whereas in Post-processing Enforcement they are enforced
during the presentation of data to users. Experiments show
that Embedded Enforcement consistently outperforms Postprocessing Enforcement due to the reduced number of jobs
required.
1
Introduction
The Semantic Web is becoming increasingly ubiquitous.
More small and large businesses, such as Oracle, IBM,
Adobe, Software AG, and many others, are actively using Semantic Web technologies [22], and broad application areas such as Health Care and Life Sciences are considering its possibilities for data integration [22]. Sir Tim
∗ The work was done while the author was a graduate student at the
University of Texas at Dallas.
978-0-7695-4302-4/10 $26.00 © 2010 IEEE
DOI 10.1109/CloudCom.2010.76
104
SubClassOf
InstanceOf
City
Avg Summer Temp
has
Temperature
livesIn
Address
Regional
Manager
75◦ F
Avg Summer Temp
Long
Island
has
Employee
David’s
Address
livesIn
isPaid
Branch
Manager
Sales
Person
worksFor
Salary
Company
100000
95000
90000
50000
40000
isPaid
isPaid
isPaid
isPaid
isPaid
David
Michael
Scott
Jim
Halpert
Dwight
Schrute
Pam
Halpert
worksFor worksFor worksFor worksFor worksFor
Dunder
Mifflin
Figure 1. A sample RDF ontology and ontology instance
Cloud Computing architectures that store RDF data. Finally, we provide a summary of our own prior work.
Although plenty of research has been undertaken on storing, representing, and reasoning about RDF knowledge, research on security and access control issues for RDF stores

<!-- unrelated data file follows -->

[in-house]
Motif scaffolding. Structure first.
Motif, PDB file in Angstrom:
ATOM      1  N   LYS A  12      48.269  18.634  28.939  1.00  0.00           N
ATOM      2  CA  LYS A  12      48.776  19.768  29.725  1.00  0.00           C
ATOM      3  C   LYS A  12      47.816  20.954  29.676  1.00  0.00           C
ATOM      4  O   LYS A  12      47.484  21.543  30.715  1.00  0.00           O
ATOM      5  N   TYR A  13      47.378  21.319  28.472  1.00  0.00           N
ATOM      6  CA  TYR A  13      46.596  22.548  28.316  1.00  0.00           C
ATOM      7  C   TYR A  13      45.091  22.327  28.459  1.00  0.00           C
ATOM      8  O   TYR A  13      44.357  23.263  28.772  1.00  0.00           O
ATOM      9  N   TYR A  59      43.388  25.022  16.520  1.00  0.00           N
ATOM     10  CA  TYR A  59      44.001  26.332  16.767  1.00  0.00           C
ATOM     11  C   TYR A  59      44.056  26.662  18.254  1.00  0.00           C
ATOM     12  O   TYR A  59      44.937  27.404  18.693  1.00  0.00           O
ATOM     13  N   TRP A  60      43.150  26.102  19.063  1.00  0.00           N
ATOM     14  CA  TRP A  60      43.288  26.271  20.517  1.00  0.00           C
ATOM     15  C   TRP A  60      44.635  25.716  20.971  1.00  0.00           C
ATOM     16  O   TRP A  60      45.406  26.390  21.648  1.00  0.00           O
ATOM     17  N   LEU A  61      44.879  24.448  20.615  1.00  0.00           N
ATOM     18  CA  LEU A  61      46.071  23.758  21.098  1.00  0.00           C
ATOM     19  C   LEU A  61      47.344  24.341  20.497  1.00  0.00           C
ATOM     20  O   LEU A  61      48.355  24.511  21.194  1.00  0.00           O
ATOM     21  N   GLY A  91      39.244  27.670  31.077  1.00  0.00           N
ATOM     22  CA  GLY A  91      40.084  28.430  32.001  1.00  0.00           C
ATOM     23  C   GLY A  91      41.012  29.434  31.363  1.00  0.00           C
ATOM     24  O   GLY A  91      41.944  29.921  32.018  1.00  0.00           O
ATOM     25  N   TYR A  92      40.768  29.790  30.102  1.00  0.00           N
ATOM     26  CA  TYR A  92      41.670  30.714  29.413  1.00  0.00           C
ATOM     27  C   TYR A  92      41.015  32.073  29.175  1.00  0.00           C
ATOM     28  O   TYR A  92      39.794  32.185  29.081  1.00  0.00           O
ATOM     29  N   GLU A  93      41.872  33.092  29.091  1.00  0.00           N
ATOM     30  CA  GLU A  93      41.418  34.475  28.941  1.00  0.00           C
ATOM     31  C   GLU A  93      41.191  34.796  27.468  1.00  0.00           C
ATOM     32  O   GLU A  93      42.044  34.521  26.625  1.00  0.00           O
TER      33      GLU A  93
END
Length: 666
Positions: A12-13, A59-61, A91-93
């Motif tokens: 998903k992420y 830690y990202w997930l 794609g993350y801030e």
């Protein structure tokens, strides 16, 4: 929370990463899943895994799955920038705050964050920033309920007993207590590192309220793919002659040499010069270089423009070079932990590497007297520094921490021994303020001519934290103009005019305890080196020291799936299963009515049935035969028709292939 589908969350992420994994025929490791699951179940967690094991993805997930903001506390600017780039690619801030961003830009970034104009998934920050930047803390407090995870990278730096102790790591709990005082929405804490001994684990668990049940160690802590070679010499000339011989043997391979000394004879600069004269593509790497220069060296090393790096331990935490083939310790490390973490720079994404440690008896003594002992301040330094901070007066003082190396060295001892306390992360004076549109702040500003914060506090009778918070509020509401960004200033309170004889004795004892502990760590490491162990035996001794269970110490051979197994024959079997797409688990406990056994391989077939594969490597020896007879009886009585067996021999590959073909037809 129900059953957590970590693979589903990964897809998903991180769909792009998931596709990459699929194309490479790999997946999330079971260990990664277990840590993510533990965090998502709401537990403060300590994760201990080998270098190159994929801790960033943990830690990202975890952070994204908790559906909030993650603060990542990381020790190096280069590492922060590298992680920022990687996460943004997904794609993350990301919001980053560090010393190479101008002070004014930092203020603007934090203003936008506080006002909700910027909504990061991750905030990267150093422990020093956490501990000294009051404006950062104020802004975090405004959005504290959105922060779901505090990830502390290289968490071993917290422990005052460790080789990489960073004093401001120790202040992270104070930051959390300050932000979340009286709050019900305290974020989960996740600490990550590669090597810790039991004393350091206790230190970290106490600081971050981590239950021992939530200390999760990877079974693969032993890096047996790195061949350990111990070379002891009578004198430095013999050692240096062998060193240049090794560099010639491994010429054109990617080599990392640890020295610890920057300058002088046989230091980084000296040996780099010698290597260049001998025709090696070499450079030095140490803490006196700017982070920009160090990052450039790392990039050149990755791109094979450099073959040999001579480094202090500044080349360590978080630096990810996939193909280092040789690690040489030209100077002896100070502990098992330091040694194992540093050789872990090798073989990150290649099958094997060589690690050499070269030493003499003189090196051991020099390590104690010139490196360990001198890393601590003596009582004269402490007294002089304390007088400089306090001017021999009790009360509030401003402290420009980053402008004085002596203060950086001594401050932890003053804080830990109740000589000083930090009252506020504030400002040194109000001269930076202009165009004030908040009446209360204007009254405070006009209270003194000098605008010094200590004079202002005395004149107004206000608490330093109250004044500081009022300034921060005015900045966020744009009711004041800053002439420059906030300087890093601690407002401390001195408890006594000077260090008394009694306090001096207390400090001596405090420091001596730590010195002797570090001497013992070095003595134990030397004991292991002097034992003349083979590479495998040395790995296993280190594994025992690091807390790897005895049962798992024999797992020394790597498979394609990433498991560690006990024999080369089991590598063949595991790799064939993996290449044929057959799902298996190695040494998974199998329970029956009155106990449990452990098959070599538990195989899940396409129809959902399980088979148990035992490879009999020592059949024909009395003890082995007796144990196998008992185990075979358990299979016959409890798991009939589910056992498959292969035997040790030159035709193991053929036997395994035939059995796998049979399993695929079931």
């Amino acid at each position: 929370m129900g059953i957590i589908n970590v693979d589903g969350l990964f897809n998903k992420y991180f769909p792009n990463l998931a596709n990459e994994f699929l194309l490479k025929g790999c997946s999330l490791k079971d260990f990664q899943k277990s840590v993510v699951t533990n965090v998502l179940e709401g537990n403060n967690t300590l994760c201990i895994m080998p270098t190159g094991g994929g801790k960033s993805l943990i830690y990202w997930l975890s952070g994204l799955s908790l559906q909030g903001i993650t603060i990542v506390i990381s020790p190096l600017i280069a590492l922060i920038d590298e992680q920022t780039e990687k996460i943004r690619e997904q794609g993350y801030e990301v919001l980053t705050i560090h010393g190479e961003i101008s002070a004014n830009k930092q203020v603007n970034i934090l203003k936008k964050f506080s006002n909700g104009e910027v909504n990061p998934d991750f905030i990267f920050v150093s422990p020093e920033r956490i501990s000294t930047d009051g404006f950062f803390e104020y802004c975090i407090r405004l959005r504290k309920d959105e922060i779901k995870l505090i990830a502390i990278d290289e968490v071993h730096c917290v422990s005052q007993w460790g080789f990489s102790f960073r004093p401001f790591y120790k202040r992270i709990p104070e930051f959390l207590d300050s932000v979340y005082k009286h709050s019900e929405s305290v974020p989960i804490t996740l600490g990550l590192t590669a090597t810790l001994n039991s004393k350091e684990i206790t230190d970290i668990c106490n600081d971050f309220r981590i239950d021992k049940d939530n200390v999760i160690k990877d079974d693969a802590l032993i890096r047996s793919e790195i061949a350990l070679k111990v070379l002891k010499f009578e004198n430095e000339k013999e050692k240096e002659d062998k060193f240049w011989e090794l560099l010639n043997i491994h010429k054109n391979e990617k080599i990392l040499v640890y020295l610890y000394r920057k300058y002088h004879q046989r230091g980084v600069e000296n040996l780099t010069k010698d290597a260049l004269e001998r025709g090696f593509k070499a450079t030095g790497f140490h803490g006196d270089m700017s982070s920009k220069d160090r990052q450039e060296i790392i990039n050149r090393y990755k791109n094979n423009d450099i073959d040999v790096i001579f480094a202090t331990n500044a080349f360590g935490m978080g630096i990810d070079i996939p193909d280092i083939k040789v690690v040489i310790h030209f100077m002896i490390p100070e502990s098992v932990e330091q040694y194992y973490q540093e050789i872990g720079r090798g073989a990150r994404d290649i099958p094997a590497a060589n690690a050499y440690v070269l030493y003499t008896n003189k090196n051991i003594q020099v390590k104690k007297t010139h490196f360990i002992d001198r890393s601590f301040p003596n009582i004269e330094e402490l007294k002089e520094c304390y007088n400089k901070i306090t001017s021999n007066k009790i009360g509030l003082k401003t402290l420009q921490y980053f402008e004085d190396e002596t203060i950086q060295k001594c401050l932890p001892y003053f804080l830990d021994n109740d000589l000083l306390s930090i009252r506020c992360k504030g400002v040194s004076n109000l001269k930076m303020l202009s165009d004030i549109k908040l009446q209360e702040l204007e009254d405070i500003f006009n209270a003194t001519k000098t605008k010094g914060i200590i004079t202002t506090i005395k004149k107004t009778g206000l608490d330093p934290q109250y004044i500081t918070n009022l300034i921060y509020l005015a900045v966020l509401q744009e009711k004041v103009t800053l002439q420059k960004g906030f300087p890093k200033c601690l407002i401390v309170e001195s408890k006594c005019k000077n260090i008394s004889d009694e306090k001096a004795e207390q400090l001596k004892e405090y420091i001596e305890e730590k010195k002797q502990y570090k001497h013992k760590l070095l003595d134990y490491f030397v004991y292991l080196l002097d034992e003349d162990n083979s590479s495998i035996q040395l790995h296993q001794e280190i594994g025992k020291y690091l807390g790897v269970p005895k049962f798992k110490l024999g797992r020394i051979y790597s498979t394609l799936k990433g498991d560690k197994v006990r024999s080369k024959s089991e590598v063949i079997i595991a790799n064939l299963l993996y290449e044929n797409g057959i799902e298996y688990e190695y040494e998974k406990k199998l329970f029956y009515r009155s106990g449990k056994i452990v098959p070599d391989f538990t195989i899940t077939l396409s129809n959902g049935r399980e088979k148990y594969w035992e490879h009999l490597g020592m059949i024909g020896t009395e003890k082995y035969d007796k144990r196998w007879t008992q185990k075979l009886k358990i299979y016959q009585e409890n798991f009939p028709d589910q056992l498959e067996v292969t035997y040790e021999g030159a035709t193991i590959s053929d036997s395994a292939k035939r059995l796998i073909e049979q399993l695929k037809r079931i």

is comparatively sparse [20]. Reddivari et al. [20] have implemented access control based on a set of policy rules.
They address insertion/deletion actions of triples, models,
and sets in RDF stores, as well as see and use actions.
Jain and Farkas [14] have described RDF protection objects as RDF patterns, and designed security requirements
for them. They show that the security level of a subclass
or sub-property should be at least as restricted as the supertype. The RDF triple-based access control model proposed
in [16] considers explicit and implicit authorization propagation.
Most of these works are implemented in Jena. However,
Jena scales poorly in that it runs on single machines and is
unable to handle large amounts of data [12, 13]. Husain et
al. [12, 13] propose and implement an architecture to store
and query large RDF graphs. Mika and Tummarello [18]
store RDF data in Hadoop. The SPIDER system [6] stores
and processes huge RDF data-sets, but lacks an access control mechanism.
Our proposed architecture supports access control for
large data-sets by including an access control layer in the
architecture proposed in [13]. Instead of assigning access
controls directly to users or agents, our proposed method
generates tokens for specific access levels and assigns these
tokens to agents, considering the business needs and security levels of the agents. Although tokens have been used
by others for access control to manage XML documents [4]
and digital information [11], these have not been used for
RDF stores. One of the advantages of using tokens is that
they can be reused if the needs and security requirements
for multiple agents are identical.
security-relevant data according to agents’ needs and security levels. Conflicts that might arise due to the assignment
of conflicting access tokens to the same agent are resolved
using the timestamps of the access tokens. We use the
Lehigh University Benchmark (LUBM) [9] test instances
for experiments. A few sample scenarios have been generated and implemented in Hadoop.